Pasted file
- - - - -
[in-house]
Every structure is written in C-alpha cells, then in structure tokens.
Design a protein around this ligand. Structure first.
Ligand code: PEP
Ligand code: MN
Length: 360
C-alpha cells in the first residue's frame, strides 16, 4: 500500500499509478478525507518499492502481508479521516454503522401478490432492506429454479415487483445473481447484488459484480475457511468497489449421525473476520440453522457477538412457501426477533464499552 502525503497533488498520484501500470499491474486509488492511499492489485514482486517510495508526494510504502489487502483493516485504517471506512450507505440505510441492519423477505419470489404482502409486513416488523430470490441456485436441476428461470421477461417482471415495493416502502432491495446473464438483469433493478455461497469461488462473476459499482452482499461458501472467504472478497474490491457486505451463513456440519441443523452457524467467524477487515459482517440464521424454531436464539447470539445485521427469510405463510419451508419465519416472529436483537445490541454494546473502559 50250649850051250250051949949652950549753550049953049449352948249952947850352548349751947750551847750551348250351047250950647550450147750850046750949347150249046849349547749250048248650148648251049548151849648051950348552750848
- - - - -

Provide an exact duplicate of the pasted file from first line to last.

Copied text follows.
[in-house]
Every structure is written in C-alpha cells, then in structure tokens.
Design a protein around this ligand. Structure first.
Ligand code: PEP
Ligand code: MN
Length: 360
C-alpha cells in the first residue's frame, strides 16, 4: 500500500499509478478525507518499492502481508479521516454503522401478490432492506429454479415487483445473481447484488459484480475457511468497489449421525473476520440453522457477538412457501426477533464499552 502525503497533488498520484501500470499491474486509488492511499492489485514482486517510495508526494510504502489487502483493516485504517471506512450507505440505510441492519423477505419470489404482502409486513416488523430470490441456485436441476428461470421477461417482471415495493416502502432491495446473464438483469433493478455461497469461488462473476459499482452482499461458501472467504472478497474490491457486505451463513456440519441443523452457524467467524477487515459482517440464521424454531436464539447470539445485521427469510405463510419451508419465519416472529436483537445490541454494546473502559 50250649850051250250051949949652950549753550049953049449352948249952947850352548349751947750551847750551348250351047250950647550450147750850046750949347150249046849349547749250048248650148648251049548151849648051950348552750848